“The heart of the wise makes his speech judicious and adds persuasiveness to his lips.
Gracious words are like are a honeycomb, sweetness to the soul and health to the body.”
Gracious speech is both palatable and pragmatic, easy to swallow and good to follow. Pleasant speech has the power to persuade others and cause real change. Persuasion is a skill that can be developed through the practice of gracious speech: "The wise of heart is called discerning, and sweetness of speech increases persuasiveness" (Prov. 16:21). Because of the source of our speech (originating in ourheart, Mt. 15:18), our choice of words has an eternal impact as Jesus made abundantly clear:
“Either make the tree good and its fruit good, or make the tree bad and its fruit bad, for the tree is known by its fruit. You brood of vipers! How can you speak good, when you are evil? For out of the abundance of the heart the mouth speaks. The good person out of his good treasure brings forth good, and the evil person out of his evil treasure brings forth evil. I tell you, on the day of judgment people will give account for every careless word they speak, for by your words you will be justified, and by your words you will be condemned.” (Mt. 12:33-37)
James, combining the wisdom of Proverbs and the teaching of Jesus, also spoke about the power of the tongue (Jas. 3:1-12). He called the tongue a "restless evil," a "world of iniquity," the one thing human beings have never been able to tame. But instead of excusing bad language, James teaches us that what we cannot tame God can. By giving us wisdom and cleansing the source of our speech God can purify our language and teach us gracious speech.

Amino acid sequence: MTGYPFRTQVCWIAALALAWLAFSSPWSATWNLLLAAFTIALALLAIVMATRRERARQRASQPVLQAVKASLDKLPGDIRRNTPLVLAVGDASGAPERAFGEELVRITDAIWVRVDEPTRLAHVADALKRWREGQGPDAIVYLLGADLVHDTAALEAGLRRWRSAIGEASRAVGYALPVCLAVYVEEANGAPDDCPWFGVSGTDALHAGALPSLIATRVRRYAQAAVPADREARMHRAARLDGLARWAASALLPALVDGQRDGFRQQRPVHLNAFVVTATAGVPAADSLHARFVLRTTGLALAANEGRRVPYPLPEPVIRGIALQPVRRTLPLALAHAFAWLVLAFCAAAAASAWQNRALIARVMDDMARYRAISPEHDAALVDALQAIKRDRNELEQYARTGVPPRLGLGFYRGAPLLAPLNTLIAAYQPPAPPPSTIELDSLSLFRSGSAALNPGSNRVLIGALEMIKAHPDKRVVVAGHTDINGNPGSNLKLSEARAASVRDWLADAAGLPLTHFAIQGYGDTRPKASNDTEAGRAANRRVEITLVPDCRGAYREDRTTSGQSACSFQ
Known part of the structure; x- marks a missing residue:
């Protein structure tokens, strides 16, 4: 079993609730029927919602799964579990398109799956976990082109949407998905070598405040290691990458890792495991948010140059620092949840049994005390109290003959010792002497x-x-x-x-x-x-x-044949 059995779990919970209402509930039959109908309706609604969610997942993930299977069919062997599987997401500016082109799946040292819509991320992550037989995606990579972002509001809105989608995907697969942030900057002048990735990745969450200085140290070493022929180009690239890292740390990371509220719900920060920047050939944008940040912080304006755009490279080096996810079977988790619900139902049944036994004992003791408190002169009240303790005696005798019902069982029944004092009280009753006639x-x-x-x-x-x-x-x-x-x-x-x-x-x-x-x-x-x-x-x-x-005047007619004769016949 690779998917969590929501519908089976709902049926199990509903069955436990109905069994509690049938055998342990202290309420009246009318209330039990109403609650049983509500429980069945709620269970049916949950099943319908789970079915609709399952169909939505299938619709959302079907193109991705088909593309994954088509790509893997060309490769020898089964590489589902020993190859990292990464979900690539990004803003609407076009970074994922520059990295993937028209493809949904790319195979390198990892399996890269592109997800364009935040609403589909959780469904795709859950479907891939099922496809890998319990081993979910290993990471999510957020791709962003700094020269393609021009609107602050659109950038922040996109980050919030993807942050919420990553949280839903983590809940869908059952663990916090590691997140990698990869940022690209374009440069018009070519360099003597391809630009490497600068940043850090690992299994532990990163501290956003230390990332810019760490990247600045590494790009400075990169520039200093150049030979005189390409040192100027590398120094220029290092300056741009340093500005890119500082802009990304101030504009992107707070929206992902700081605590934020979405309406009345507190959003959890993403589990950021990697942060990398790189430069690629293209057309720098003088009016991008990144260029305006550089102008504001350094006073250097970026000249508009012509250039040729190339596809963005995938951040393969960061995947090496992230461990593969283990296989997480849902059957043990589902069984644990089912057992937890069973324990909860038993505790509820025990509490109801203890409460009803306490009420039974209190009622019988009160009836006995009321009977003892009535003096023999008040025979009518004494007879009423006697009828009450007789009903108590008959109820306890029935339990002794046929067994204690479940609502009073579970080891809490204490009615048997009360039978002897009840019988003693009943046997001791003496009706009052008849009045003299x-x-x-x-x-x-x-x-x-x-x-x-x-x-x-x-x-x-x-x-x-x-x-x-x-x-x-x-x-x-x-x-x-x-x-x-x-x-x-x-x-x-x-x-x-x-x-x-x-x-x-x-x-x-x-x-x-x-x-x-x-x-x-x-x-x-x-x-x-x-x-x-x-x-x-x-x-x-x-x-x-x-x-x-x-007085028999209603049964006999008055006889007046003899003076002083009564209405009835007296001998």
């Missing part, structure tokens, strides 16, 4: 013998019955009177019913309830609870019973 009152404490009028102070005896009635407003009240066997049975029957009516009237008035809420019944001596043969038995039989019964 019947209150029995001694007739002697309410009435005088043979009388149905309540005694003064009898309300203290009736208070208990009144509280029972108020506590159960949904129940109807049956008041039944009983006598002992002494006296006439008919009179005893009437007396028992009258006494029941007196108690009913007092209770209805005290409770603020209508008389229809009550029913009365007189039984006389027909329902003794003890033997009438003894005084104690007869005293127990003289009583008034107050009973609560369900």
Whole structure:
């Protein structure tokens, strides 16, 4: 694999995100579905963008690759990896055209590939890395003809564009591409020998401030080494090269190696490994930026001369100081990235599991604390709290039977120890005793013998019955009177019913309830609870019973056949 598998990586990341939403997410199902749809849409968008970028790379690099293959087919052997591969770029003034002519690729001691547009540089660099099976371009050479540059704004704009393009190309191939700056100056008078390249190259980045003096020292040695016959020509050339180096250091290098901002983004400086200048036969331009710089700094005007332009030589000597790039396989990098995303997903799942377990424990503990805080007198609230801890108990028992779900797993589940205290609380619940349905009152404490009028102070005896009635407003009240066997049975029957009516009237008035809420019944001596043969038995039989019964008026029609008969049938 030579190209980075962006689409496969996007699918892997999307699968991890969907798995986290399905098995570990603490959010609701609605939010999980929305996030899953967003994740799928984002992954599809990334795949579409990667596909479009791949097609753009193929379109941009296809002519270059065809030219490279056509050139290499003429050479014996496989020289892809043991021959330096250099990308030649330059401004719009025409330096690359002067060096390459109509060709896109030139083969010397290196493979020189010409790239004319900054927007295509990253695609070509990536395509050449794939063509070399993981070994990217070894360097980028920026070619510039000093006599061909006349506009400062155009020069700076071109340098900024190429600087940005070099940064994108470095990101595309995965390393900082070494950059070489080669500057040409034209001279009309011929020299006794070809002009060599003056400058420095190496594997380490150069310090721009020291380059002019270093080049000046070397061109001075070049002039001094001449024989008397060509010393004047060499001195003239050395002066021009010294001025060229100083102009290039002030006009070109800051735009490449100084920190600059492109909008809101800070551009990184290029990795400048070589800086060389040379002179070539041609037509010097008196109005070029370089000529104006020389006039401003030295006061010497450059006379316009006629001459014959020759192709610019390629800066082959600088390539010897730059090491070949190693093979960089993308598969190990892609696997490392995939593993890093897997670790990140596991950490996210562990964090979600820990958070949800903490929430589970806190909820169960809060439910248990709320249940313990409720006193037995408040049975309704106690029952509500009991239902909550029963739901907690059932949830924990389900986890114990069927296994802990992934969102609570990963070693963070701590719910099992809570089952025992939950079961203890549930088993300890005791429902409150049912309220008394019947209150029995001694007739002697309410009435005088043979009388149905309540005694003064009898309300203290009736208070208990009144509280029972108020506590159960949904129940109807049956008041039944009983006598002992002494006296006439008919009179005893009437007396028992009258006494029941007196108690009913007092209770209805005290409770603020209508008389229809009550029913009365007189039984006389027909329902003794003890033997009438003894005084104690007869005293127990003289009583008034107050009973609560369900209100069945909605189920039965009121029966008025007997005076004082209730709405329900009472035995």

The tone and tact of our speech is just as important as the words themselves. Paul wrote, "Let your speech always be gracious, seasoned with salt, so that you may know how you ought to answer each person" (Col. 4:6). Timing could make all the difference. After all, the only difference between a fresh salad and a pile of slimy garbage is time. Therefore, “a word fitly spoken is like apples of gold in a setting of silver” (Prov. 25:11) and "to make an apt answer is a joy to a man, and a word in season, how good it is!" (Prov. 15:23)
"Be quick to hear, slow to speak" (Jas. 1:19). We would do better by listening more and speaking less. Speak only when words are necessary and make your words count. With the help of our gracious Lord, we can choose to speak pleasant words, easy to swallow and good to follow.